Youth council candidate in Tairāwhiti left in the dark

7:29 pm on 18 January 2020

A Tairāwhiti Youth Council candidate is hopeful young people will have a greater say in decisions made by the district council from now on.

Alice Kibble

Alice Kibble. Photo: LDR / Facebook

Alice Kibble, who ran for Gisborne District Council last year but missed out, is still waiting to hear whether she has made it on to the 2020 youth council after nominations closed on 8 November last year.

The youth council application form was posted on Facebook on 14 October, and nominations were due to close on 25 October, with candidates to be shortlisted and interviewed by a selection panel (previously two councillors and a council officer) the following week.

The new youth council's term is due to begin next month, but Kibble, a youth councillor between 2016 and 2019, has not heard what is happening with her application despite making inquiries.

The 19-year-old said she hoped the youth council would be able to wield more influence over district council decisions following a review of its role ahead of the local body elections in October 2019.

The application form for this year's youth council states Tairāwhiti youth councillors will be given opportunities to "contribute to and participate in decision-making for Gisborne District Council activities".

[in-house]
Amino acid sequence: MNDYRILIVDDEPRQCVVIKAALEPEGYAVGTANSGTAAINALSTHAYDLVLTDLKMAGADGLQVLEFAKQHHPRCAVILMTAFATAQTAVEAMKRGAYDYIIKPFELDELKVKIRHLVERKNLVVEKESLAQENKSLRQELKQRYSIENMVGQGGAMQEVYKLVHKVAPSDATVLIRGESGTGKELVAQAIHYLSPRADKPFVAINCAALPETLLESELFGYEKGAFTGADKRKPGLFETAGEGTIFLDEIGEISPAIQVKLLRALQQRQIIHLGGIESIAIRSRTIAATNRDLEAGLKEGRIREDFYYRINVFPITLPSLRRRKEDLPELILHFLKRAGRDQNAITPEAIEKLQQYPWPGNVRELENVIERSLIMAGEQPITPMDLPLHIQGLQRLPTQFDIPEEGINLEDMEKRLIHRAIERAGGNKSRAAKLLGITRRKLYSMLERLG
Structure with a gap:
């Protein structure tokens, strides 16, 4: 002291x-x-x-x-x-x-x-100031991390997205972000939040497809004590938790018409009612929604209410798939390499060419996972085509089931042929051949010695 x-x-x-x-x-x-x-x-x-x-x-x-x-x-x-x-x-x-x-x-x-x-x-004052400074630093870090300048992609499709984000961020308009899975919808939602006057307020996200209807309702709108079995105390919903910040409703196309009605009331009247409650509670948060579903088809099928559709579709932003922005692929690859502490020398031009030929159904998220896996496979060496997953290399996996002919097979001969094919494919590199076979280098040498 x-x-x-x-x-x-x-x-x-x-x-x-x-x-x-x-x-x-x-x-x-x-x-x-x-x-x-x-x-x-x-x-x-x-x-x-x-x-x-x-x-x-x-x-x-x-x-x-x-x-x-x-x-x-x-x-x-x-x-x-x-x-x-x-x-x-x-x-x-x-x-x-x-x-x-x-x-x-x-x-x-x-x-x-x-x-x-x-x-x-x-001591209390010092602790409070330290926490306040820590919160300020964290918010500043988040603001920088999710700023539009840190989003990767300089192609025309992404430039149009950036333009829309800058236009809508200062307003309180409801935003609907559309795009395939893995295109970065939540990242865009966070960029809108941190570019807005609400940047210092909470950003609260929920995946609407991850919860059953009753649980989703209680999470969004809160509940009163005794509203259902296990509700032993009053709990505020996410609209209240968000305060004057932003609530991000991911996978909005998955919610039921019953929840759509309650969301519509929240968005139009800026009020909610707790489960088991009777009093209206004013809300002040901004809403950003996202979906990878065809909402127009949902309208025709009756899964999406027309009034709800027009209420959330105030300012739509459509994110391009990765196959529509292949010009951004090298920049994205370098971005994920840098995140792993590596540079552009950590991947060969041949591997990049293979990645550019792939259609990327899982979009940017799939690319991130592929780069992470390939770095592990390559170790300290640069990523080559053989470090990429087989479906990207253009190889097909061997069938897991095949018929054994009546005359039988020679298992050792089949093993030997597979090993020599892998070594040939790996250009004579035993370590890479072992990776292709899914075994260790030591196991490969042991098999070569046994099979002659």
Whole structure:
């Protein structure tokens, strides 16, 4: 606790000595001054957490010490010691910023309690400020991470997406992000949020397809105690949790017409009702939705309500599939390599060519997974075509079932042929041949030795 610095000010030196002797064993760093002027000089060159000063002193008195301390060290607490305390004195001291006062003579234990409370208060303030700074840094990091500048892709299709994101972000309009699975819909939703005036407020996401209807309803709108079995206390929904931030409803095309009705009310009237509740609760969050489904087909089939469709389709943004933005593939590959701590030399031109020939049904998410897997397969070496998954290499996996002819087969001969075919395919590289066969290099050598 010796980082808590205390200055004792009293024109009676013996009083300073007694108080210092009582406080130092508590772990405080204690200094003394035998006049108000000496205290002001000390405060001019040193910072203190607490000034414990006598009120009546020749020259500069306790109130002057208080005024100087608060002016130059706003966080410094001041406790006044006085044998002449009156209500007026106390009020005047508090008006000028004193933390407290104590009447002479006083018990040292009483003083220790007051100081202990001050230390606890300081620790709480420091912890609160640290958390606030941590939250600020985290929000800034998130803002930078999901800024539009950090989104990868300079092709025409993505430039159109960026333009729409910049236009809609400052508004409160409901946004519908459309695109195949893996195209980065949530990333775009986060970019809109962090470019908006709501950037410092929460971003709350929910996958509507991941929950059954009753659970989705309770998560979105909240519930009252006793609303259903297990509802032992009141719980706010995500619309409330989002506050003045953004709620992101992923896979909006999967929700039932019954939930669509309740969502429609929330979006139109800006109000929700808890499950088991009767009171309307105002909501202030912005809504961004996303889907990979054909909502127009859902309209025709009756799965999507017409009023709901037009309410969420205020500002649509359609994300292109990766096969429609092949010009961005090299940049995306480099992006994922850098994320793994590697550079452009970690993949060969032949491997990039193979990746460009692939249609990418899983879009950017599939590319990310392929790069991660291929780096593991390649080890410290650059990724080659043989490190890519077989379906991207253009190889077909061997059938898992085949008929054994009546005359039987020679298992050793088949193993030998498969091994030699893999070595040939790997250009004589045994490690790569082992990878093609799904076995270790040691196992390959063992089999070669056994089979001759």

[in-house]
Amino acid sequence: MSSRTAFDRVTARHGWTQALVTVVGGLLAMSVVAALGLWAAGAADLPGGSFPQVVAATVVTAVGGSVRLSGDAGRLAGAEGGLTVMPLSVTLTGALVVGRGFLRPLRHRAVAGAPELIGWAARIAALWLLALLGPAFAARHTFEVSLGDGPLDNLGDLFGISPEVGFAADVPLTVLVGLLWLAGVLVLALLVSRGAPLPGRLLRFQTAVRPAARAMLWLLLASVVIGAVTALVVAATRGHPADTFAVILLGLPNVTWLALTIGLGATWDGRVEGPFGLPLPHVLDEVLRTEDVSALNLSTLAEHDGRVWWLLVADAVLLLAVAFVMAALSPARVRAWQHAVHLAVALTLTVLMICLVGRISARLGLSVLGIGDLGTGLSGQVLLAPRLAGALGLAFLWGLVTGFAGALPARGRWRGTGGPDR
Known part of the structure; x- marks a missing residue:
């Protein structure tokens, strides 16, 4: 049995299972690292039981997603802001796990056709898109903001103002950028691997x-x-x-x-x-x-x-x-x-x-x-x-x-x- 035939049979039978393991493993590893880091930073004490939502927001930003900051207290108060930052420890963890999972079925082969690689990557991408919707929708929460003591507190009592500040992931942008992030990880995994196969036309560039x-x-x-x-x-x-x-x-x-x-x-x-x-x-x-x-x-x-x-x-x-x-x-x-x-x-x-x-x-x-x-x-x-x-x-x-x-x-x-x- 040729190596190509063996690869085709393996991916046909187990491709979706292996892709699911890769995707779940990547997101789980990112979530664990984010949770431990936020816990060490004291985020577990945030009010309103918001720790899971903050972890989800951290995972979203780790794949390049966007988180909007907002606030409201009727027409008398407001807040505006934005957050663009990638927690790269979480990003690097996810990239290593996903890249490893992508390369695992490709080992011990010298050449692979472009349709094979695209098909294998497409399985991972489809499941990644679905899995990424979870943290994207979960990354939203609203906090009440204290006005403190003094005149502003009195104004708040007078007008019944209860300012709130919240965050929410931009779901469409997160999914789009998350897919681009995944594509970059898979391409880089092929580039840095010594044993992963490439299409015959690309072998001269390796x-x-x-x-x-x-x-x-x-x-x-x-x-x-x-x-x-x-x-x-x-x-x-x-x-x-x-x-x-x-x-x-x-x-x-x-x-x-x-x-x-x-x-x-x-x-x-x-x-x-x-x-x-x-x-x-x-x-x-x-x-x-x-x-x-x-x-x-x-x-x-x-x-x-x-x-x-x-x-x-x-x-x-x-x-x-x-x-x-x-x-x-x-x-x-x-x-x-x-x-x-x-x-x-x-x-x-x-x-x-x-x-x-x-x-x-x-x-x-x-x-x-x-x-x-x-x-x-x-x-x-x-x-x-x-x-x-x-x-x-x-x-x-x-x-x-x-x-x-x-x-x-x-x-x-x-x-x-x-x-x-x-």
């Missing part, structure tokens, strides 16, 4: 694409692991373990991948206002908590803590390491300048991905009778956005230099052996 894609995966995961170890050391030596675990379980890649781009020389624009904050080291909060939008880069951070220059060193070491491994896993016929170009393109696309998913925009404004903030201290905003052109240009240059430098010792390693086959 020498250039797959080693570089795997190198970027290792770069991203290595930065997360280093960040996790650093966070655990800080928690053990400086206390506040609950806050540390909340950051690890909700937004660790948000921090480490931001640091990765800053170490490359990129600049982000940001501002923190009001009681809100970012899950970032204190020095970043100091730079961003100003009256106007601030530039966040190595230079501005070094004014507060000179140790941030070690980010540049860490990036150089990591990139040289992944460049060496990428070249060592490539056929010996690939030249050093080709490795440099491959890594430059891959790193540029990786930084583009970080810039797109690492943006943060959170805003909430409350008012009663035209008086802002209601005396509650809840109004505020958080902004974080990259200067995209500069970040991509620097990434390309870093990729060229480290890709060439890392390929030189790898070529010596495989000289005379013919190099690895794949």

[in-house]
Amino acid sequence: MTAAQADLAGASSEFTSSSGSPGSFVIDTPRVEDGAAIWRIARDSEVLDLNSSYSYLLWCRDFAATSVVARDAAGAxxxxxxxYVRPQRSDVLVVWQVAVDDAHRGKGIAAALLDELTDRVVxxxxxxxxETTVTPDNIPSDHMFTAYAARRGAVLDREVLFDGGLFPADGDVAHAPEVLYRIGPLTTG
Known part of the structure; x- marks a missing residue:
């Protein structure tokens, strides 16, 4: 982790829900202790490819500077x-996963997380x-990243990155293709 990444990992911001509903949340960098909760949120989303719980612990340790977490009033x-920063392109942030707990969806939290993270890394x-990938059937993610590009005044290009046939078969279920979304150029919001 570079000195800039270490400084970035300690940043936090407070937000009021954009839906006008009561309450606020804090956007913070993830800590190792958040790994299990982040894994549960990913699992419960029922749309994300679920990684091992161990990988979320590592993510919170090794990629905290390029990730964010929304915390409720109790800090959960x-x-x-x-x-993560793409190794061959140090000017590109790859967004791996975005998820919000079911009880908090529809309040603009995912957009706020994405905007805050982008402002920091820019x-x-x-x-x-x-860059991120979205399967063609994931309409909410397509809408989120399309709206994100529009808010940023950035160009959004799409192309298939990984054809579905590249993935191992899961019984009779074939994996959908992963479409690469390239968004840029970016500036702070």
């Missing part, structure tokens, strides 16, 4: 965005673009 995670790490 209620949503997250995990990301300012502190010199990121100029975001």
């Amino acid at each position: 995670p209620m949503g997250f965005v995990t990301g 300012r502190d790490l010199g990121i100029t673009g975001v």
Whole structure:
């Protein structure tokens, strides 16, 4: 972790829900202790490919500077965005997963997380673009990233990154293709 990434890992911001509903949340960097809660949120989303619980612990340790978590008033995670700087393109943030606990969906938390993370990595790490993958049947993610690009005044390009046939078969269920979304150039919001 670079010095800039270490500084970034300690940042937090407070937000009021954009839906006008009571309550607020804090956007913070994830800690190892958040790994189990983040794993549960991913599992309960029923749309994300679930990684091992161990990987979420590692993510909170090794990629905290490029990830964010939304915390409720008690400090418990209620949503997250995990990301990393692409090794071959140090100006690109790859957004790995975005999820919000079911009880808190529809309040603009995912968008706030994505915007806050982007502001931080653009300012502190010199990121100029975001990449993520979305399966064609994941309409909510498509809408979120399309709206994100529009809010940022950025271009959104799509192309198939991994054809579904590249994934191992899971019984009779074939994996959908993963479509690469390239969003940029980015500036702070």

In the past, the youth council had not had much to do with the district council, Kibble said.

She can recall the youth council's opinion being sought over the Olympic Pool redevelopment.

Its opinion was also sought by organisations outside of the council that wanting a youth perspective for on their projects, Kibble said.

A Gisborne youth council was not established for 2019/20, with a recruitment process not undertaken due to council staff changes, according to a June 2019 report to councillors.

The youth council's 12-month term previously started in March, and this was identified as a problem for its members who began jobs or tertiary studies at the end of the school year or early in the new year.

The report notes the last two youth council meetings for the 2018/19 term did not occur as only one of its 13 members was available, and a decision was made to put the youth council on hold while its role was reviewed.

That review's findings were presented at a meeting of the district council's community development and services committee in September last year, just before the local body elections.

The review recommended the youth council's primary purpose be the "facilitation of youth engagement with council decision-making".

It suggested the youth council's term be over a calendar year and its size reduced to nine members.

Members of the community development and services committee were keen to see a youth council representative sitting alongside them and making decisions.

Josh Wharehinga in I Am Waru

Josh Wharehinga. Photo: Supplied

Josh Wharehinga, now deputy mayor, called on his colleagues at the meeting to "put our money where our mouth is and invest our own personal time in helping to mentor these youth councillors".

The review notes the youth council costs between $20,000 and $25,000 a year to run, with members compensated for attending meetings.

Youth council candidates needed to be aged between 16 and 21 on 1 January and nominated by a person from their educational institution, marae, sports team, cultural group or workplace.

The Gisborne District Council has been approached for comment.

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